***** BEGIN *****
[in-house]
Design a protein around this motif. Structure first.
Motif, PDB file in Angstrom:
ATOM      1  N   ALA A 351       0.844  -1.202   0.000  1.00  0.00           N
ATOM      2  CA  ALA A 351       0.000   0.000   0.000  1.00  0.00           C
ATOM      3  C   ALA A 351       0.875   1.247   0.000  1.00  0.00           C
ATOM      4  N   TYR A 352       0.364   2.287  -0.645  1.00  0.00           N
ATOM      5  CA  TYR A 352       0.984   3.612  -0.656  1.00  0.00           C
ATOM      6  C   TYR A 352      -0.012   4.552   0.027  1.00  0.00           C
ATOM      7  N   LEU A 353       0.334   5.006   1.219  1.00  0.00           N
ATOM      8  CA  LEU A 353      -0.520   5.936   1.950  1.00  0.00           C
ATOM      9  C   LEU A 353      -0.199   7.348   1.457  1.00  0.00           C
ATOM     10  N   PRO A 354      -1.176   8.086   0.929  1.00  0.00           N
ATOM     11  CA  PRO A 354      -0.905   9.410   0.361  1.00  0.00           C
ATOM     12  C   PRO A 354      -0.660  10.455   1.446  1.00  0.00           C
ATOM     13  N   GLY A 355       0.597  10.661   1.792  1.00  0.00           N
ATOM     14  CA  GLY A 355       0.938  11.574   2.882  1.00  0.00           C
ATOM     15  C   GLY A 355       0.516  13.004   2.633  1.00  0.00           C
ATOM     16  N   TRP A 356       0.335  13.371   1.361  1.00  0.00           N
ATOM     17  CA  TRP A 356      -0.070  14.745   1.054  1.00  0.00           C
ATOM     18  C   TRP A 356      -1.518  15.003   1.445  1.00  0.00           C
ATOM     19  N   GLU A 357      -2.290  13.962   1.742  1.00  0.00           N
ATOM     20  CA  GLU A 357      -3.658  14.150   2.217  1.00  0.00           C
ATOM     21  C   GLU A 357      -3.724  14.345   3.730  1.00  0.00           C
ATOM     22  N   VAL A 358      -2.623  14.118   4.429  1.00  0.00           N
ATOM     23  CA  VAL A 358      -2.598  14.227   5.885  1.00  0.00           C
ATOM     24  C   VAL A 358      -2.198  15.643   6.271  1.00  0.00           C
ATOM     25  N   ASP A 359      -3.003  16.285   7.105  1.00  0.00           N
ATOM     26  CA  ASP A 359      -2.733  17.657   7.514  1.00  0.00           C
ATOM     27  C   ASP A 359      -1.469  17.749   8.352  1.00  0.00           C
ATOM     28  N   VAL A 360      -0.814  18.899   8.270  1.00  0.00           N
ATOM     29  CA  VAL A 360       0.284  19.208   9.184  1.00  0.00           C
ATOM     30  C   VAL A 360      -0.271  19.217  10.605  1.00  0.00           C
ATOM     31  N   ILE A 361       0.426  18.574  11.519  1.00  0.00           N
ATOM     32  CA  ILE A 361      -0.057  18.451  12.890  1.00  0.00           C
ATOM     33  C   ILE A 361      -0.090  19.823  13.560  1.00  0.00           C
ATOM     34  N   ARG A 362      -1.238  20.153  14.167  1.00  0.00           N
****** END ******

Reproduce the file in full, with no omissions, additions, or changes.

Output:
[in-house]
Design a protein around this motif. Structure first.
Motif, PDB file in Angstrom:
ATOM      1  N   ALA A 351       0.844  -1.202   0.000  1.00  0.00           N
ATOM      2  CA  ALA A 351       0.000   0.000   0.000  1.00  0.00           C
ATOM      3  C   ALA A 351       0.875   1.247   0.000  1.00  0.00           C
ATOM      4  N   TYR A 352       0.364   2.287  -0.645  1.00  0.00           N
ATOM      5  CA  TYR A 352       0.984   3.612  -0.656  1.00  0.00           C
ATOM      6  C   TYR A 352      -0.012   4.552   0.027  1.00  0.00           C
ATOM      7  N   LEU A 353       0.334   5.006   1.219  1.00  0.00           N
ATOM      8  CA  LEU A 353      -0.520   5.936   1.950  1.00  0.00           C
ATOM      9  C   LEU A 353      -0.199   7.348   1.457  1.00  0.00           C
ATOM     10  N   PRO A 354      -1.176   8.086   0.929  1.00  0.00           N
ATOM     11  CA  PRO A 354      -0.905   9.410   0.361  1.00  0.00           C
ATOM     12  C   PRO A 354      -0.660  10.455   1.446  1.00  0.00           C
ATOM     13  N   GLY A 355       0.597  10.661   1.792  1.00  0.00           N
ATOM     14  CA  GLY A 355       0.938  11.574   2.882  1.00  0.00           C
ATOM     15  C   GLY A 355       0.516  13.004   2.633  1.00  0.00           C
ATOM     16  N   TRP A 356       0.335  13.371   1.361  1.00  0.00           N
ATOM     17  CA  TRP A 356      -0.070  14.745   1.054  1.00  0.00           C
ATOM     18  C   TRP A 356      -1.518  15.003   1.445  1.00  0.00           C
ATOM     19  N   GLU A 357      -2.290  13.962   1.742  1.00  0.00           N
ATOM     20  CA  GLU A 357      -3.658  14.150   2.217  1.00  0.00           C
ATOM     21  C   GLU A 357      -3.724  14.345   3.730  1.00  0.00           C
ATOM     22  N   VAL A 358      -2.623  14.118   4.429  1.00  0.00           N
ATOM     23  CA  VAL A 358      -2.598  14.227   5.885  1.00  0.00           C
ATOM     24  C   VAL A 358      -2.198  15.643   6.271  1.00  0.00           C
ATOM     25  N   ASP A 359      -3.003  16.285   7.105  1.00  0.00           N
ATOM     26  CA  ASP A 359      -2.733  17.657   7.514  1.00  0.00           C
ATOM     27  C   ASP A 359      -1.469  17.749   8.352  1.00  0.00           C
ATOM     28  N   VAL A 360      -0.814  18.899   8.270  1.00  0.00           N
ATOM     29  CA  VAL A 360       0.284  19.208   9.184  1.00  0.00           C
ATOM     30  C   VAL A 360      -0.271  19.217  10.605  1.00  0.00           C
ATOM     31  N   ILE A 361       0.426  18.574  11.519  1.00  0.00           N
ATOM     32  CA  ILE A 361      -0.057  18.451  12.890  1.00  0.00           C
ATOM     33  C   ILE A 361      -0.090  19.823  13.560  1.00  0.00           C
ATOM     34  N   ARG A 362      -1.238  20.153  14.167  1.00  0.00           N